Mariel stared out her window, playing with a strand of hair and trying to convince herself that she was excited. While she knew that her father was expecting her to be the perfect little hostess for the dinner party, Mariel just could not bring herself to look forward to it. The gentlemen who would be at tonight’s meal were just that, gentlemen. They were the crème de la crème, all highly intelligent and respected men, but…
Mariel sighed. None of them was interesting, at least not when she was around. They only words any of them spoke to her were the same boring pleasantries which one found in abundance at social gatherings; they never said anything of import. Rising from the window seat, Mariel went to her dressing table to secure the rogue hairs which had escaped her bun and straighten her gown. Fixing a smile on her face, she slipped her shoes on and headed downstairs.
The next day found Mariel in the furthest part of the back garden viciously pulling at weeds, muttering under her breath. When she had left the house after breakfast, it had been with every intent of pruning the roses and perhaps bringing some inside to liven up her room. She had started the trek out to the garden willing herself to forget all the dismal details of the previous evening’s dinner party: how every time she’d come upon a conversation that was the slightest bit interesting the men had stopped talking, how the women refused to speak of anything other than who was wearing what and which men were worth marrying, how Mr. Brighton had been sitting so close to her at dinner that she could barely eat for fear of hitting him with her elbow.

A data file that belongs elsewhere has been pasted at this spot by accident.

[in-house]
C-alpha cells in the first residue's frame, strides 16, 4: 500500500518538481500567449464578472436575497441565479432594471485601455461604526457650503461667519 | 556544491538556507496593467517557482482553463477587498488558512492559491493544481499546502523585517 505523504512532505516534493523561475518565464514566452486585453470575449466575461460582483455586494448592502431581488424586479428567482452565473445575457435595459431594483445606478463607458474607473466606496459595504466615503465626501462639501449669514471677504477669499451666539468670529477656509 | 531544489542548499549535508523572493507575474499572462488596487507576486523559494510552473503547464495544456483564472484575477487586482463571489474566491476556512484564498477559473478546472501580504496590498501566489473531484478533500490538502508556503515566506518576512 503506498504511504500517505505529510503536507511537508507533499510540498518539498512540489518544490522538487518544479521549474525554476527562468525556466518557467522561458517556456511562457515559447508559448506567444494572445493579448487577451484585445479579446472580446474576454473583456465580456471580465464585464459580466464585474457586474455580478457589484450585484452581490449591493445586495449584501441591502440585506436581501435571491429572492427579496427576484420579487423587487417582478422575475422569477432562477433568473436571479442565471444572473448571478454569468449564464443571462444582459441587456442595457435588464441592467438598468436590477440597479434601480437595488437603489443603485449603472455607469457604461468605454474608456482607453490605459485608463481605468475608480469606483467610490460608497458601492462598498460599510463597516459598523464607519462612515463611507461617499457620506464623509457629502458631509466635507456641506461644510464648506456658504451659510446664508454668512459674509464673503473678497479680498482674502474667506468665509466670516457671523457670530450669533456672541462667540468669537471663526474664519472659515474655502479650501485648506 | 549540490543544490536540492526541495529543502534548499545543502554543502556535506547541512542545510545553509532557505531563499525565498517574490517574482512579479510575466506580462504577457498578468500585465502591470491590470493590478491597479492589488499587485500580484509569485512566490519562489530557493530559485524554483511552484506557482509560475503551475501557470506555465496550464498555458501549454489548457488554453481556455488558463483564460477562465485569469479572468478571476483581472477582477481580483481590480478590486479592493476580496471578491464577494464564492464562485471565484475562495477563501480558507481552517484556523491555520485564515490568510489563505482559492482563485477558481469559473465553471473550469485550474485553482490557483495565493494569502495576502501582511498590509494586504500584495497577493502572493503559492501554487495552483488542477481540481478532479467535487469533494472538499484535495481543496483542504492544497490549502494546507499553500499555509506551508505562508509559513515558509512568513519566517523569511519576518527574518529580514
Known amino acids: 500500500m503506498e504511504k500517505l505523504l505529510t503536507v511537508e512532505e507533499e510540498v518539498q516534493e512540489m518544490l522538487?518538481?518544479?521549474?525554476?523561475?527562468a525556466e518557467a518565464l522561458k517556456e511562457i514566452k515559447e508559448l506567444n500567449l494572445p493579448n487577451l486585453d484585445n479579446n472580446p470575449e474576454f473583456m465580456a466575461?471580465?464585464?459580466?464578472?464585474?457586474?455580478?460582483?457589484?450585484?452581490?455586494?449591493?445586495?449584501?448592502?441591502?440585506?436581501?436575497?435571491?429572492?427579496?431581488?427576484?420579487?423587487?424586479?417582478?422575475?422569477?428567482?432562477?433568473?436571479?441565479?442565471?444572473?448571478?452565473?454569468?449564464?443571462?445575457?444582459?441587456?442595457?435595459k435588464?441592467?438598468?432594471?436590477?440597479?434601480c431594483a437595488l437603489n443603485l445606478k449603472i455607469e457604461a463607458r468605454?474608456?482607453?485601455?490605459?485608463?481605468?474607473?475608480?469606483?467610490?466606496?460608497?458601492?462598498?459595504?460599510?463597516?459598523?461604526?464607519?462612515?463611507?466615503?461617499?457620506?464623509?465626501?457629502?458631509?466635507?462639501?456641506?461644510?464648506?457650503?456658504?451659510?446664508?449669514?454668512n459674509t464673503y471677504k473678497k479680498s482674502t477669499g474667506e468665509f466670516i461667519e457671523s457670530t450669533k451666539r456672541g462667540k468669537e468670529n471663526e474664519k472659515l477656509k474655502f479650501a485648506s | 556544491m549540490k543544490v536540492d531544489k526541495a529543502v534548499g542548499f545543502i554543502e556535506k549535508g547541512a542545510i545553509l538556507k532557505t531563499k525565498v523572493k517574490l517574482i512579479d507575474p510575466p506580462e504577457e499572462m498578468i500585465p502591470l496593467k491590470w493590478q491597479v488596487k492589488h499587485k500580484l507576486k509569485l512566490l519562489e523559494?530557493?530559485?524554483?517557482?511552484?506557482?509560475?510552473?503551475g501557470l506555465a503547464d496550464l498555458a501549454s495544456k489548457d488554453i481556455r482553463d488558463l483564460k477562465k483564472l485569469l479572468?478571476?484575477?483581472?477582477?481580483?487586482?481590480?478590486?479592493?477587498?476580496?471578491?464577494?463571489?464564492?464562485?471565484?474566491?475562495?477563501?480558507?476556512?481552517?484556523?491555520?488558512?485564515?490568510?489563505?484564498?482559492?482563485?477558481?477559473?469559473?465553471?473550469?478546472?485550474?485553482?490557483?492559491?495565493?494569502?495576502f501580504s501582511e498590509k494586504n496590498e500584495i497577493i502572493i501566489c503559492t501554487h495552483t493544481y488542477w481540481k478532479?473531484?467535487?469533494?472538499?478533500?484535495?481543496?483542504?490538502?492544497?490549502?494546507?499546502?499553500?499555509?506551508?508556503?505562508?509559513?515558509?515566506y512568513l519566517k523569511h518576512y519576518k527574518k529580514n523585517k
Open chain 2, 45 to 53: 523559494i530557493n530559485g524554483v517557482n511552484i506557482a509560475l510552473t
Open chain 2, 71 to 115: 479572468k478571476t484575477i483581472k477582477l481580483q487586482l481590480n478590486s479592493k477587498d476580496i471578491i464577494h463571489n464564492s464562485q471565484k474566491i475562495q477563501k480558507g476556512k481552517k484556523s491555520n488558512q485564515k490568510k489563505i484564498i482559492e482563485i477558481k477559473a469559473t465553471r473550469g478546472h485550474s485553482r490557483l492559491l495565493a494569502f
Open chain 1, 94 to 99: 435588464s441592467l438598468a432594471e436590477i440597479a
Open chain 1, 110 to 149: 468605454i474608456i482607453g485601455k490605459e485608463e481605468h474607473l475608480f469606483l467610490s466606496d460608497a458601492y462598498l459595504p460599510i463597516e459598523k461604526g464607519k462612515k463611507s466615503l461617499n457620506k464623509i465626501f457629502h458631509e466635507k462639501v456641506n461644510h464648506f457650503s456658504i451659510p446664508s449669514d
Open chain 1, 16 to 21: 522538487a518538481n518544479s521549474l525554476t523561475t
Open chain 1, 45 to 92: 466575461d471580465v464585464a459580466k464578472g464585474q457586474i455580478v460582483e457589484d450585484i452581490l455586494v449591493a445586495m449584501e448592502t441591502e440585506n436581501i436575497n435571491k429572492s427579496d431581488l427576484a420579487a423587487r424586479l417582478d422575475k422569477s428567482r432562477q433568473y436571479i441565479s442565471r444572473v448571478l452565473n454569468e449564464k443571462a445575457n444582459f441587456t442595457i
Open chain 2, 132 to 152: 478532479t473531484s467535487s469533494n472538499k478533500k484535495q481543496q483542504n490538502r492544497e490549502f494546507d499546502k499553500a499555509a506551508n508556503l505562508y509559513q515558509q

Feeling the need to scream, Mariel threw a weed as far as she could. The fact that it didn’t go very far simply because it was a weed did absolutely nothing for her composure. As she sat looking savagely at the roses, deciding that it was definitely lucky for them that she had left the shears inside, a shadow fell over the ground. Mariel turned and squinted into the sun to see who had come to disturb.
“Yes Rachel, do you need something?”
“Yes’m, Mr. Blackwell bids you come in,” the servant answered. “He says it is important.”
“Rachel, I saw my father not half an hour ago at breakfast, what could he possibly have to tell me?”
“I don’t know ma’am. But he said you were to come to the front room.”
Puzzled, Mariel stood and brushed off her skirt, it was a tad dirty from kneeling in the garden, but she was sure her father wouldn’t mind. While he didn’t approve of her doing the servants chores, he had never felt that a bit of work hurt anyone. “Very well Rachel, I’ll go see him. Oh, would you mind cutting a few roses for my room; I think the color will be needed later.”